When Dr Hendey left the South African Museum to take up directorship of the Durban Museum in 1986 research at the fossil site all but ceased. When mining operations became uneconomical and the mine was closed in 1993, the future of this unique site was in the balance. By law the mine was obliged to backfill the excavation and rehabilitate the landscape.
Only by the foresight of museum personnel who together with the then National Monuments Council managed to get the remaining fossil rich area within the mine property declared a National Monument Site in 1996 thereby securing this precious 14 hectre fossil rich area for posterity. Some money that would of been used to rehabilitate the mine was used to convert some buildings into a research and education centre. Excavations at the fossil park continued every year and at present a total of 80 square meters of the fossil bone bed is exposed and protected by a structure erected over the site. It is open for public viewing and a guide will explain the latest theories about the site. The vast 700 hectres of the entire mine area has now been declared a Provincial Heritage Site.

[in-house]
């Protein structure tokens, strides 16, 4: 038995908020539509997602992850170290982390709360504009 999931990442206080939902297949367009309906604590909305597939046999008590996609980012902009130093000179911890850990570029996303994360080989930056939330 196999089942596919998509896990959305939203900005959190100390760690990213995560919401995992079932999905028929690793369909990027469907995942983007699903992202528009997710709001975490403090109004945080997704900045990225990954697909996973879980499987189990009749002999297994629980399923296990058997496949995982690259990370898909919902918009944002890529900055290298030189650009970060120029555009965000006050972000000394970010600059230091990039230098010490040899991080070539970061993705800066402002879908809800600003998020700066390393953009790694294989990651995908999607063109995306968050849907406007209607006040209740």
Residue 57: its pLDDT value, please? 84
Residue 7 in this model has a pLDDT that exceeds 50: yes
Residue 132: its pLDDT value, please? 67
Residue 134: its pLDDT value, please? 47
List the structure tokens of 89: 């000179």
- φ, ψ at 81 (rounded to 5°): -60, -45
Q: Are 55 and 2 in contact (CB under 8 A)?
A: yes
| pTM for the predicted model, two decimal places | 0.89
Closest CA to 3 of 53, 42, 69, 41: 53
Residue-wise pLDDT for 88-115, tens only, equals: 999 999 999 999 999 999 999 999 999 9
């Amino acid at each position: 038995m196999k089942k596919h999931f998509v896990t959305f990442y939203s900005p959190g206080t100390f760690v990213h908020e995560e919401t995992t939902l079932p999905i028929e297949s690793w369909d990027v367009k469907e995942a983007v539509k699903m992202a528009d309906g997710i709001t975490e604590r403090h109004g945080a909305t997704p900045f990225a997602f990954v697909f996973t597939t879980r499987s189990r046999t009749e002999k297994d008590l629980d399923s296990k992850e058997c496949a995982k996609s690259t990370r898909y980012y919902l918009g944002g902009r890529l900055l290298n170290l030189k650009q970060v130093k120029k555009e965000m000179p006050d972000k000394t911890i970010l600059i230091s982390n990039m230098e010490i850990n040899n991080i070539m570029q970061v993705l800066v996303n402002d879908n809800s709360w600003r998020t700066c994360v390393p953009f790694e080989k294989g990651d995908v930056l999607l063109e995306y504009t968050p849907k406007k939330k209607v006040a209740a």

If you are planning a visit to the West Coast Fossil Park.
It is advisable to phone to confirm the tour times and to bring a hat or umbrella. Have good walking shoes. The tour to the dig site involves an easy 250 meter walk on a gravel/sand road.
Guided Tours to the Dig Site with in situ 5 million year old fossils
Duration: Approximately 45 minutes
Hourly tours on weekdays: 10:00, 11:00, 12:00, 13:00, 14:00 and 15:00.
Weekend and public holidays hourly tour times are as follows: 10:00, 11:00, 12:00 and 13:00.
Restaurant, Shop and Lecture Theatre
There is a restaurant that provides light meals, burgers and toasted sandwiches, carrot cake and lemon meringue. Specials of the day may include a variety of quiches and wraps. You may also browse the gift shop where you will find some interesting local crafts and books.